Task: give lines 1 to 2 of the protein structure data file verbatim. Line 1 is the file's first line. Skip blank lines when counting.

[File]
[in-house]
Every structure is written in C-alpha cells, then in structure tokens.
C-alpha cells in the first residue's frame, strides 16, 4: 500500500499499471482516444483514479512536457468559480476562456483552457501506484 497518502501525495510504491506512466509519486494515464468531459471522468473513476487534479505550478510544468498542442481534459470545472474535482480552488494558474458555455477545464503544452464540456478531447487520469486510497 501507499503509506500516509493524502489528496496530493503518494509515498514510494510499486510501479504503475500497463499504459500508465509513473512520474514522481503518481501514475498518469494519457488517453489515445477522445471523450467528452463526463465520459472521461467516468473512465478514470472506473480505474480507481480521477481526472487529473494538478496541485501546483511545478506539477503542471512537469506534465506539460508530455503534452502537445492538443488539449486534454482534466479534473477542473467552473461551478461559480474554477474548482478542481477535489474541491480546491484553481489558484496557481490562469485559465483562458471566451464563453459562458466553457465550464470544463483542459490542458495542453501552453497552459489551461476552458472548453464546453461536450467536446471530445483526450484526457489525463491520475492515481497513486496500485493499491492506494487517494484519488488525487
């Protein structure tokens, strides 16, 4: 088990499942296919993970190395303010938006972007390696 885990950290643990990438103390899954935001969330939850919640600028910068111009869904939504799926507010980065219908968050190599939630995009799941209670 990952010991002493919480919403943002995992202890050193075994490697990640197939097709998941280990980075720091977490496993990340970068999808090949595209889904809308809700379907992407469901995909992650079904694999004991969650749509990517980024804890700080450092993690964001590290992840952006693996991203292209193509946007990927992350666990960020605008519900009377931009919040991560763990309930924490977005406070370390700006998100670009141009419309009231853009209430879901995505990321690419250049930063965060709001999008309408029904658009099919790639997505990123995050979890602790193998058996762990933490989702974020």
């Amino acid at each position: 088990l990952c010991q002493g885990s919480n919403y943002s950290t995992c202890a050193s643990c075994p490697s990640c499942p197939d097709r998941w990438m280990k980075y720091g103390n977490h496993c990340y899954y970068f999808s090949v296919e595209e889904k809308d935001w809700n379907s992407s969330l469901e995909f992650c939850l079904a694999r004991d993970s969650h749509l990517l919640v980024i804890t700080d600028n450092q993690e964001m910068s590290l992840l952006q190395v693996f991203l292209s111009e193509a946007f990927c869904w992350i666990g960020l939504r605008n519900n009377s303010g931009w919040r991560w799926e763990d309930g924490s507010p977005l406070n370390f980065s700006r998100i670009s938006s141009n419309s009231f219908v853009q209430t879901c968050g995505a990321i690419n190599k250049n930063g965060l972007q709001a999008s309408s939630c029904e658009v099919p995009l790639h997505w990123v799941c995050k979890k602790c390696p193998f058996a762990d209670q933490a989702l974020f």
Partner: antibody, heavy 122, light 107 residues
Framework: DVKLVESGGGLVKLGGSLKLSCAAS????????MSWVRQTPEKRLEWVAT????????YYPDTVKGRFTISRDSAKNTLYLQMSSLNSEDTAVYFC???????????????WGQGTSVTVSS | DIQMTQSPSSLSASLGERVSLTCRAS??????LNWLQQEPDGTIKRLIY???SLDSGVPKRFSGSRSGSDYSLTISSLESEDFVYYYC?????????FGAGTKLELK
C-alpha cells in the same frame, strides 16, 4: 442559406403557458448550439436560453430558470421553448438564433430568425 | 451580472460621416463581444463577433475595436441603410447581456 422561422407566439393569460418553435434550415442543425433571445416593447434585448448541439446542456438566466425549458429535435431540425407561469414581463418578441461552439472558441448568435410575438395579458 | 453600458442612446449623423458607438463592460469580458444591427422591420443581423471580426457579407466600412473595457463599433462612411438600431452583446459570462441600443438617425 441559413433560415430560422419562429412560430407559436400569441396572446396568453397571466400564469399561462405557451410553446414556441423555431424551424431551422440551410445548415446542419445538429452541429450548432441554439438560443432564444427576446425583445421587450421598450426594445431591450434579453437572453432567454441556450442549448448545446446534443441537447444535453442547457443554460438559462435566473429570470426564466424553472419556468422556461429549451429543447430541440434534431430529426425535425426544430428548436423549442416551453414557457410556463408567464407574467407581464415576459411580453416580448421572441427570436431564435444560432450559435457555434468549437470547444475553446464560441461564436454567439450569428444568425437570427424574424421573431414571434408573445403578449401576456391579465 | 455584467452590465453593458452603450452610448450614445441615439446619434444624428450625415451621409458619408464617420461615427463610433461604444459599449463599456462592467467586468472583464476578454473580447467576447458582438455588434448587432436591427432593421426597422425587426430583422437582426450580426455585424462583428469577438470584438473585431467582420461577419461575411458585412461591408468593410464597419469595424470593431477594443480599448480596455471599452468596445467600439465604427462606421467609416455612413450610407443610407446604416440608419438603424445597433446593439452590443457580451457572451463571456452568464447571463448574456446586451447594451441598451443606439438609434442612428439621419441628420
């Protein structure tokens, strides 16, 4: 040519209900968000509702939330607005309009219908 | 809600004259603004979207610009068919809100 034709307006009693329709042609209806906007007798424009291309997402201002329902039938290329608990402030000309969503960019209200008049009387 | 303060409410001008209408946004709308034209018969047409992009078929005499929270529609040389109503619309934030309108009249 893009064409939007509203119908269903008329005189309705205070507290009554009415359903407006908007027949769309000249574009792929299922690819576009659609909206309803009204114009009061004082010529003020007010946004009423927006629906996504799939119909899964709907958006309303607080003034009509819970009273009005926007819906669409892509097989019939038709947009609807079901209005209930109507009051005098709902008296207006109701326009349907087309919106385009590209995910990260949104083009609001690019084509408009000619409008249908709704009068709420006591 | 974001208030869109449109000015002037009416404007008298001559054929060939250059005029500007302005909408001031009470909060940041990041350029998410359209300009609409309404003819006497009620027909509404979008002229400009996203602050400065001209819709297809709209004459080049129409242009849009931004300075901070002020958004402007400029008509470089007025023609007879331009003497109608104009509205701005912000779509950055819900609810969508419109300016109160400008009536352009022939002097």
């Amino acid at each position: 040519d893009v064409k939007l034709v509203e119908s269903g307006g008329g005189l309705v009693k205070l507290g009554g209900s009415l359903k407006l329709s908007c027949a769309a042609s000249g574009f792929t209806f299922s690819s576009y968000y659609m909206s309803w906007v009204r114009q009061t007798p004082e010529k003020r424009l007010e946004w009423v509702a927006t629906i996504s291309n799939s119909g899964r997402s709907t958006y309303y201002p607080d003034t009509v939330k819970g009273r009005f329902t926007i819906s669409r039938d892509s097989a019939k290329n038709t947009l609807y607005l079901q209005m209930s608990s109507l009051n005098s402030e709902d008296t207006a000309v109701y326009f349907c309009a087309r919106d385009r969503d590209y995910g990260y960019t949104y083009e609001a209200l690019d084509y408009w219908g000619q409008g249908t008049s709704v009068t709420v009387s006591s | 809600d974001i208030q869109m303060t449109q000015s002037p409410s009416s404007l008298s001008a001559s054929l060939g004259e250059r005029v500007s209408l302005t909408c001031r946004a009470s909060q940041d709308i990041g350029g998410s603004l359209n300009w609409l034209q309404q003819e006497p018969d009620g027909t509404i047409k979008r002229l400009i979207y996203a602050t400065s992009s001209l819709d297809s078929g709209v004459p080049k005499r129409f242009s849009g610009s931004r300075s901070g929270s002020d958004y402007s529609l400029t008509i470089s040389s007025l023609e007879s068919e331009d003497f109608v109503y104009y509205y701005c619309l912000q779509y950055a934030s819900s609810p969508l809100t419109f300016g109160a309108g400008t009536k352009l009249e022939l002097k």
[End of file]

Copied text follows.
[in-house]
Every structure is written in C-alpha cells, then in structure tokens.